Why didn't you do the research? http://europenews.dk/en/node/24127
http://www.islam-watch.org/AdrianMorgan/...
http://www.globalpost.com/dispatch/europ...

There are many more stories from BBC and other mainstream news sources outlining this problem. Let me ask you though, in Africa, it is Christians who are committing the attrocities? What countries do you see Christians teaching children to strap on bombs? Do you think if Christian schools were teaching this in Africa or the middle east, that there would be no outcry from the Christian world?

Most Islamic countries have laws against honor killings. However, virtually none of them enforce the law. In Pakistan alone in 2003, there were 1,261 honor killings.

I pointed out to you the Islamic system of justice for the woman in Egypt accused of adultry.

Yet you ignore all of this. And you ignore that there is no outcry from the Islamic world against these injustices.
You have to be willfully blind and deaf to not see this as an Islamic problem, and not just an isolated one.

(Report Comment)
Tim Dance November 10, 2010 | 10:31 p.m.

Links Don or you're full of it. I see we have a bigoted tea party problem. God help the voters that put people like you into office. They will realize their fears were misguided and that only the rich will benefit from the Republican congress.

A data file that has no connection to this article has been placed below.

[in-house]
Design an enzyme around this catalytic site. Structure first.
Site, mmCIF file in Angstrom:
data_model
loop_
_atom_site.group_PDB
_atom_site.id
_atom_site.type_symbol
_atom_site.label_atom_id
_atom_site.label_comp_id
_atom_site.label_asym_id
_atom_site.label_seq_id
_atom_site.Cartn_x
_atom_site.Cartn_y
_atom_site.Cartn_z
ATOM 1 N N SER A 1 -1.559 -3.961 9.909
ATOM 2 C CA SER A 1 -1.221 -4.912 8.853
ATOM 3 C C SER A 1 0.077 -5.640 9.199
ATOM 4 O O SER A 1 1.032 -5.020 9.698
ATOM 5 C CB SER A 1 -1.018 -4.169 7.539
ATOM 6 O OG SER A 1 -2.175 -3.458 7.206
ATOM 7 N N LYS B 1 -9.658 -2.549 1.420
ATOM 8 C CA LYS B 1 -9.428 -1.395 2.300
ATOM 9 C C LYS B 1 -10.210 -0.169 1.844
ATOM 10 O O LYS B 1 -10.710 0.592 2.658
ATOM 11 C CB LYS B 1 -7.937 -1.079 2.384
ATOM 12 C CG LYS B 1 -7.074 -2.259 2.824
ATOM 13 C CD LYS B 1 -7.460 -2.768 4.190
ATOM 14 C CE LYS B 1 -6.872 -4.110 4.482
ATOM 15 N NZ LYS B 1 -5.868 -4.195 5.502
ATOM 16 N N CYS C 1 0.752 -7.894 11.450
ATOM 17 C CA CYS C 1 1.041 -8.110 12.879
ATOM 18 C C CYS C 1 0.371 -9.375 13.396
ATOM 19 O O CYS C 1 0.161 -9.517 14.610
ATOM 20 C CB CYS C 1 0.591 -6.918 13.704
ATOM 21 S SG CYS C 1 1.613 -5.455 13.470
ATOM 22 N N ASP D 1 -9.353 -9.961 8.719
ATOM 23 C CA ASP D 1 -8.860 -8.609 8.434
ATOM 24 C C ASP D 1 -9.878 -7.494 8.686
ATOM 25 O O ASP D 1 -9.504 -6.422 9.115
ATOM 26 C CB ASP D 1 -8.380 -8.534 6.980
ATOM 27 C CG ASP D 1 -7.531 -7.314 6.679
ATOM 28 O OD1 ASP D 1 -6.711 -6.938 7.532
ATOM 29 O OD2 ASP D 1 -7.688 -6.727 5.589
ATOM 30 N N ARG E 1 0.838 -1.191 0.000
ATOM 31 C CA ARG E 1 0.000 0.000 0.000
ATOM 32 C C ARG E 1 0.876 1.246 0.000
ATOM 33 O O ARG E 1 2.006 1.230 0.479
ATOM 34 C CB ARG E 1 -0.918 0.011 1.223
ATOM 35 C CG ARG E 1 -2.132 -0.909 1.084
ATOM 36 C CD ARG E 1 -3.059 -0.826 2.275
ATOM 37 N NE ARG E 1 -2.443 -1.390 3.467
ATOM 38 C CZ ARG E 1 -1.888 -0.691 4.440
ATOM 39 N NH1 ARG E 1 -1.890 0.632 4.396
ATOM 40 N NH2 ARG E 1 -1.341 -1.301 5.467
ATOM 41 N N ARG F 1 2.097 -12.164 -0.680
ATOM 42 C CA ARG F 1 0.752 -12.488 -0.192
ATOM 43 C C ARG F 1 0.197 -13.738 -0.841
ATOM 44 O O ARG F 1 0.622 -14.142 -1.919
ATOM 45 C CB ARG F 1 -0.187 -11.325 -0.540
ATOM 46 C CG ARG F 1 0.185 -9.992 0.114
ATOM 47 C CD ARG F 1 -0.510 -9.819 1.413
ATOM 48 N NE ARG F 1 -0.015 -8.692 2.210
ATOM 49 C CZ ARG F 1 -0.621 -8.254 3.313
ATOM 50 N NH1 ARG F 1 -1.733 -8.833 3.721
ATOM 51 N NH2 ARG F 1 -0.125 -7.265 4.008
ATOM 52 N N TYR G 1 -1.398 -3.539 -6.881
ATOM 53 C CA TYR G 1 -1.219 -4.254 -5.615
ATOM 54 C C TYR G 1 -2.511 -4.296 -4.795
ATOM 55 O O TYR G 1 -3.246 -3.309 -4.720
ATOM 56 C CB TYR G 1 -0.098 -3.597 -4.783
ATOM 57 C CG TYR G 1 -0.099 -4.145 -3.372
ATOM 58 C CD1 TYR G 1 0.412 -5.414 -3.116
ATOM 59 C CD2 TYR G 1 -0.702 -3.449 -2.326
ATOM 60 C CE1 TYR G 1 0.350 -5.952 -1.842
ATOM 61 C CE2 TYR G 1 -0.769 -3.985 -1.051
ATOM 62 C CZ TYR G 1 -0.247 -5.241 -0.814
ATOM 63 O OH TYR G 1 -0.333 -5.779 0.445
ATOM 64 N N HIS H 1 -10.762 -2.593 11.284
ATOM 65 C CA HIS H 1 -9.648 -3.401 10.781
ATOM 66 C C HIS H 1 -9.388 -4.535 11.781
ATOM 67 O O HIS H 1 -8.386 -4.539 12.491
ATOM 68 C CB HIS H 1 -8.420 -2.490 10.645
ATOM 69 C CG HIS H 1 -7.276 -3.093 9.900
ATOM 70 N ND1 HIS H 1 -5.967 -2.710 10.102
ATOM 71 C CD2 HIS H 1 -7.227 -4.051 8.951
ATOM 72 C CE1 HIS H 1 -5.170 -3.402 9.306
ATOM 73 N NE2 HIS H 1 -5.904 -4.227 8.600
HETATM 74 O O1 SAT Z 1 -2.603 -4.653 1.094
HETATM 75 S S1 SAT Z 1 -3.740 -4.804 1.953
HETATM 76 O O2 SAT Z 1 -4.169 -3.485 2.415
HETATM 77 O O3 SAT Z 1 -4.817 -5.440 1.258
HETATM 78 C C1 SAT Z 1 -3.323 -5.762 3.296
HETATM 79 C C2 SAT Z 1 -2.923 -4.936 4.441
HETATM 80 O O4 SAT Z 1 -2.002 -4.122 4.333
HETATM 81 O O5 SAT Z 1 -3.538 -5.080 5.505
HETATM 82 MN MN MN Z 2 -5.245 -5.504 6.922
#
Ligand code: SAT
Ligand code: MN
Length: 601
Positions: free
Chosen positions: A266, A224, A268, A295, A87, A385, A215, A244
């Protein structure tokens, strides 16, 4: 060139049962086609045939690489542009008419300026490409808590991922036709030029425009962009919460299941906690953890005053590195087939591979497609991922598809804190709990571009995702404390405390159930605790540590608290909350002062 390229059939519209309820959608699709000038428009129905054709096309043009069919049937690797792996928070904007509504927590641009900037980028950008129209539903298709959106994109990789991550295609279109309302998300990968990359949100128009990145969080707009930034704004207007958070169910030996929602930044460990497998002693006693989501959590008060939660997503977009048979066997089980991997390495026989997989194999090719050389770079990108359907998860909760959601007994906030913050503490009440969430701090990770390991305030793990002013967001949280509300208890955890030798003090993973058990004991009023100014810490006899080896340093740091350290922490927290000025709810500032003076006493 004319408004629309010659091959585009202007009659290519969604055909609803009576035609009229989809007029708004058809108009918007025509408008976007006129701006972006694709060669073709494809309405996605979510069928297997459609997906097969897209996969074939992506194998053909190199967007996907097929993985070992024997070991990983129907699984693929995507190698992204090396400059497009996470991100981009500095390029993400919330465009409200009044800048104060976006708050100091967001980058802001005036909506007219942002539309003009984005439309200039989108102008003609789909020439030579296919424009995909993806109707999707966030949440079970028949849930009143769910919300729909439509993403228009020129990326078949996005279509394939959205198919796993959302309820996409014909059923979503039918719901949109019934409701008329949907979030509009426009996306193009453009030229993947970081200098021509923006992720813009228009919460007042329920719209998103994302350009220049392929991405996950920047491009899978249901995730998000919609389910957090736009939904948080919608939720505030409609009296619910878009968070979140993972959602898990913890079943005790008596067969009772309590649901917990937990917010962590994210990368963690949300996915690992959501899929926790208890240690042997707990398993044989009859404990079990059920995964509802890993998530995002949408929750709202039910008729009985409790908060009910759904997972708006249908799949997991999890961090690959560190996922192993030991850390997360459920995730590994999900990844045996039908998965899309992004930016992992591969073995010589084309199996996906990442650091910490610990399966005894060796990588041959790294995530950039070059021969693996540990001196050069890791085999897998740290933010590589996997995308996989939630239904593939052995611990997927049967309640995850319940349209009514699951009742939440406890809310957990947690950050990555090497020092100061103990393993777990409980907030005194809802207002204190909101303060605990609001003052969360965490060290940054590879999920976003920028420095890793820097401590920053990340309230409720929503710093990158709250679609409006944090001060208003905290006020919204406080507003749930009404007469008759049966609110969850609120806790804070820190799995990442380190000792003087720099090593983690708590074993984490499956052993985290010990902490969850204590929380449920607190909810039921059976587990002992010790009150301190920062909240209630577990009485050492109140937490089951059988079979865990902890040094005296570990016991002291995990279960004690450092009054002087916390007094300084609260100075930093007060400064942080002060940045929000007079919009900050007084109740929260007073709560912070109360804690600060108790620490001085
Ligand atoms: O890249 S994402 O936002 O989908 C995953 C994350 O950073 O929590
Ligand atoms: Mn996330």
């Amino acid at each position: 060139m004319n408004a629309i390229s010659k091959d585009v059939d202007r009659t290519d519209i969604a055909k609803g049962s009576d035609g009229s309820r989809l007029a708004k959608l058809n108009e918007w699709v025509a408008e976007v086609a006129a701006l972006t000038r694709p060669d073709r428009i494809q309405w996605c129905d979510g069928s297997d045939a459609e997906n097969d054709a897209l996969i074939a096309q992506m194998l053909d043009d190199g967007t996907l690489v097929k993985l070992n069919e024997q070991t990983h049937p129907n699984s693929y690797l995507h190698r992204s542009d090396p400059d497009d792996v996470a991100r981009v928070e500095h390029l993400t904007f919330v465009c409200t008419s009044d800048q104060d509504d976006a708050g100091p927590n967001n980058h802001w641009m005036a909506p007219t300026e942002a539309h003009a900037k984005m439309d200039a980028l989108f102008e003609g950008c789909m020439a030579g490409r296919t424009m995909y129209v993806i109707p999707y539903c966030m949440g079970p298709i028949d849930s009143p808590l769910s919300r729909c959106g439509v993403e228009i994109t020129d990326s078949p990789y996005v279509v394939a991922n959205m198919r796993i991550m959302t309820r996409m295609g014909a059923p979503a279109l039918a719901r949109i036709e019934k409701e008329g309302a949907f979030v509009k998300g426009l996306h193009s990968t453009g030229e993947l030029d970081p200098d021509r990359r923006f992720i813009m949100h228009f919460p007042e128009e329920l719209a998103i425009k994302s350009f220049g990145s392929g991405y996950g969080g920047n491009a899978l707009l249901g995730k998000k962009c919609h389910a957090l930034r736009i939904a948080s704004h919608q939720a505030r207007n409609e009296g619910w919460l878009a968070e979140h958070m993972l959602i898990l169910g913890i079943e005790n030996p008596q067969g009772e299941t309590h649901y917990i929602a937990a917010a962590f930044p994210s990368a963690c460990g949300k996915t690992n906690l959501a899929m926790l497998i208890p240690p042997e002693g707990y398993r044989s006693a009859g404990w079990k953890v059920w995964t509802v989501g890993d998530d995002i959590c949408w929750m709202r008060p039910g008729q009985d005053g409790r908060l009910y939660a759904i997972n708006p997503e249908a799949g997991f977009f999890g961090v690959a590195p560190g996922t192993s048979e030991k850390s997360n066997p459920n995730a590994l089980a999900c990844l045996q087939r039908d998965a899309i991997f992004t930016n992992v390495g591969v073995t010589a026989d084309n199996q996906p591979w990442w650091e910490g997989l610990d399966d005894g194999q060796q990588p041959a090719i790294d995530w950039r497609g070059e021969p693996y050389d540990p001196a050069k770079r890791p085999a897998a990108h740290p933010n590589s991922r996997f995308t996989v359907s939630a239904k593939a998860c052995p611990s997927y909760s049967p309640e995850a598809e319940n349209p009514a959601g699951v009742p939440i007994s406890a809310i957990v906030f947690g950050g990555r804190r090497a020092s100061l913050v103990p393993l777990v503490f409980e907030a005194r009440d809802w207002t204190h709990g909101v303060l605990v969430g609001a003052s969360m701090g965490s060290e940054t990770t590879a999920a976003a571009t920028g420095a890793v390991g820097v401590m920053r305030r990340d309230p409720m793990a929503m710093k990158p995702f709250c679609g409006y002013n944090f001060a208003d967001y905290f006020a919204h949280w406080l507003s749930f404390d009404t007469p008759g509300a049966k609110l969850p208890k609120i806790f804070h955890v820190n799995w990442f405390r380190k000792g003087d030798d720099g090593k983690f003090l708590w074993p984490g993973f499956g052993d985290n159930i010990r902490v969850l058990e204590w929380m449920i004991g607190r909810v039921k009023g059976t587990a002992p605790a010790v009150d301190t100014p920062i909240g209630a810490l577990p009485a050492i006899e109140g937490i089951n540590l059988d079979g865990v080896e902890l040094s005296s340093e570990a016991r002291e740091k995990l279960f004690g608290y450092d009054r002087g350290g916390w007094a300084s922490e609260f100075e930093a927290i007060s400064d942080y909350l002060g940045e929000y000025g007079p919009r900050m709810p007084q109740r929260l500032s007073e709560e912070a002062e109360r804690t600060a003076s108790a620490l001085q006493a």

The Republicans are already back tracking away from their fiscal conservatism. So all you "angry" voters who listened to the rhetoric of Rush, Beck, and Hannity. Suckers!

(Report Comment)
Mark Foecking November 11, 2010 | 7:59 a.m.

Don, each of your links point to female circumcision being an African practice, not so much a Muslim one. In fact, the first link had Muslims pointing out that such mutilation was against the word of the Koran. The fact that some of these Africans might be Muslim has nothing ot do with Islam.

"Do you think if Christian schools were teaching this in Africa or the middle east, that there would be no outcry from the Christian world?"

I remember an awful lot of bombing and killing in Ireland a couple decades ago, and while you'd hear an occasional criticism from one religious leader or another, don't remember a lot of organized outcry. Again, the fact that terrorists have a political agenda doesn't necessarily reflect on the religion.

Muslims spend more time fighting each other than they do fighting the West. The reason some Middle Eastern Muslims dislike us is because of our support of Israel, not anything intrinsic to our culture or country.

When an American Muslim straps on a bomb and detonates himself in a government building, I'll start to be concerned. But it's never happened. Obviously American Muslims are too busy enjoying their freedom and prosperity to worry too much about killing "infidels".

DK

(Report Comment)
John Schultz November 11, 2010 | 12:15 p.m.

Hmm, claims of a bigoted tea party, but no links? Republicans backtracking from their supposed fiscal conservatism, but no links?

(Report Comment)
Ellis Smith November 11, 2010 | 6:19 p.m.

@ John Schultz

In my experience, bigotry is something only OTHER people have, NOT MOI!

(Report Comment)
Gregg Bush November 11, 2010 | 10:54 p.m.

I'm reminded of the words of Jim David Adkisson - you can read his manifesto here.
http://web.knoxnews.com/pdf/021009church...

(Report Comment)
Tim Dance November 12, 2010 | 12:30 a.m.